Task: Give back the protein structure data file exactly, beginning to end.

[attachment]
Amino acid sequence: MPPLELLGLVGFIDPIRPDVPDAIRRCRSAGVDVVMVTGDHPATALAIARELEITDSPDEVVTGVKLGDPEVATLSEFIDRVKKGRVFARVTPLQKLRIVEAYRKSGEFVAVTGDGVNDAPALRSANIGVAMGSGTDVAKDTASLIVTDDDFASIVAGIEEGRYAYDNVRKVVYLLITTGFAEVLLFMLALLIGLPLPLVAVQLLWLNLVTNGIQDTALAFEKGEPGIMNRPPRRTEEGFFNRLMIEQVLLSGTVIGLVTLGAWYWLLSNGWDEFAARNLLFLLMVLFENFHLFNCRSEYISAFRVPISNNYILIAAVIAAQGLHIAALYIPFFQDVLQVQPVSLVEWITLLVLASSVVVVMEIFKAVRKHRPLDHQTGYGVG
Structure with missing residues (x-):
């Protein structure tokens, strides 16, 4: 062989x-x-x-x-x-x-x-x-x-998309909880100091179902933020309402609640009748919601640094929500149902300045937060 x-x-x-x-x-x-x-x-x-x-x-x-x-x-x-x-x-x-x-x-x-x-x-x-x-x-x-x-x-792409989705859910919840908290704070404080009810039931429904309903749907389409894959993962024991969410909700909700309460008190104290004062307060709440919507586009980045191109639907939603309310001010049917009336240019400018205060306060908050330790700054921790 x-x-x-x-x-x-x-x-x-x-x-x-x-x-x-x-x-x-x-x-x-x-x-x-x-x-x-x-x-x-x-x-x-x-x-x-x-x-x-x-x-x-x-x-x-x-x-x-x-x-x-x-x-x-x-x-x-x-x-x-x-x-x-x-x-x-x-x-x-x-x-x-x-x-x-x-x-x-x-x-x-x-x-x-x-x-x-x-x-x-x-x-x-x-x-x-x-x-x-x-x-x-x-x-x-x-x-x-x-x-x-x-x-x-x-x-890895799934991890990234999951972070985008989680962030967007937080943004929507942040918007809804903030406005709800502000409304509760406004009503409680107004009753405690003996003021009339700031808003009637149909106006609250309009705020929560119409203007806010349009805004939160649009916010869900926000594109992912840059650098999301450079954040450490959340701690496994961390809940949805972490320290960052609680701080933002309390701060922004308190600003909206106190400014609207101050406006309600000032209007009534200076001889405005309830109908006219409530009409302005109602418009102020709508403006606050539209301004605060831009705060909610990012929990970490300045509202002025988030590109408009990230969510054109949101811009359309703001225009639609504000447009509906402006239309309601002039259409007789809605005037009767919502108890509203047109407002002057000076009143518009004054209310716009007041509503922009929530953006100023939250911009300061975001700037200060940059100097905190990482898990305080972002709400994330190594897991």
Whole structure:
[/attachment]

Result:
Amino acid sequence: MPPLELLGLVGFIDPIRPDVPDAIRRCRSAGVDVVMVTGDHPATALAIARELEITDSPDEVVTGVKLGDPEVATLSEFIDRVKKGRVFARVTPLQKLRIVEAYRKSGEFVAVTGDGVNDAPALRSANIGVAMGSGTDVAKDTASLIVTDDDFASIVAGIEEGRYAYDNVRKVVYLLITTGFAEVLLFMLALLIGLPLPLVAVQLLWLNLVTNGIQDTALAFEKGEPGIMNRPPRRTEEGFFNRLMIEQVLLSGTVIGLVTLGAWYWLLSNGWDEFAARNLLFLLMVLFENFHLFNCRSEYISAFRVPISNNYILIAAVIAAQGLHIAALYIPFFQDVLQVQPVSLVEWITLLVLASSVVVVMEIFKAVRKHRPLDHQTGYGVG
Structure with missing residues (x-):
């Protein structure tokens, strides 16, 4: 062989x-x-x-x-x-x-x-x-x-998309909880100091179902933020309402609640009748919601640094929500149902300045937060 x-x-x-x-x-x-x-x-x-x-x-x-x-x-x-x-x-x-x-x-x-x-x-x-x-x-x-x-x-792409989705859910919840908290704070404080009810039931429904309903749907389409894959993962024991969410909700909700309460008190104290004062307060709440919507586009980045191109639907939603309310001010049917009336240019400018205060306060908050330790700054921790 x-x-x-x-x-x-x-x-x-x-x-x-x-x-x-x-x-x-x-x-x-x-x-x-x-x-x-x-x-x-x-x-x-x-x-x-x-x-x-x-x-x-x-x-x-x-x-x-x-x-x-x-x-x-x-x-x-x-x-x-x-x-x-x-x-x-x-x-x-x-x-x-x-x-x-x-x-x-x-x-x-x-x-x-x-x-x-x-x-x-x-x-x-x-x-x-x-x-x-x-x-x-x-x-x-x-x-x-x-x-x-x-x-x-x-x-890895799934991890990234999951972070985008989680962030967007937080943004929507942040918007809804903030406005709800502000409304509760406004009503409680107004009753405690003996003021009339700031808003009637149909106006609250309009705020929560119409203007806010349009805004939160649009916010869900926000594109992912840059650098999301450079954040450490959340701690496994961390809940949805972490320290960052609680701080933002309390701060922004308190600003909206106190400014609207101050406006309600000032209007009534200076001889405005309830109908006219409530009409302005109602418009102020709508403006606050539209301004605060831009705060909610990012929990970490300045509202002025988030590109408009990230969510054109949101811009359309703001225009639609504000447009509906402006239309309601002039259409007789809605005037009767919502108890509203047109407002002057000076009143518009004054209310716009007041509503922009929530953006100023939250911009300061975001700037200060940059100097905190990482898990305080972002709400994330190594897991």
Whole structure: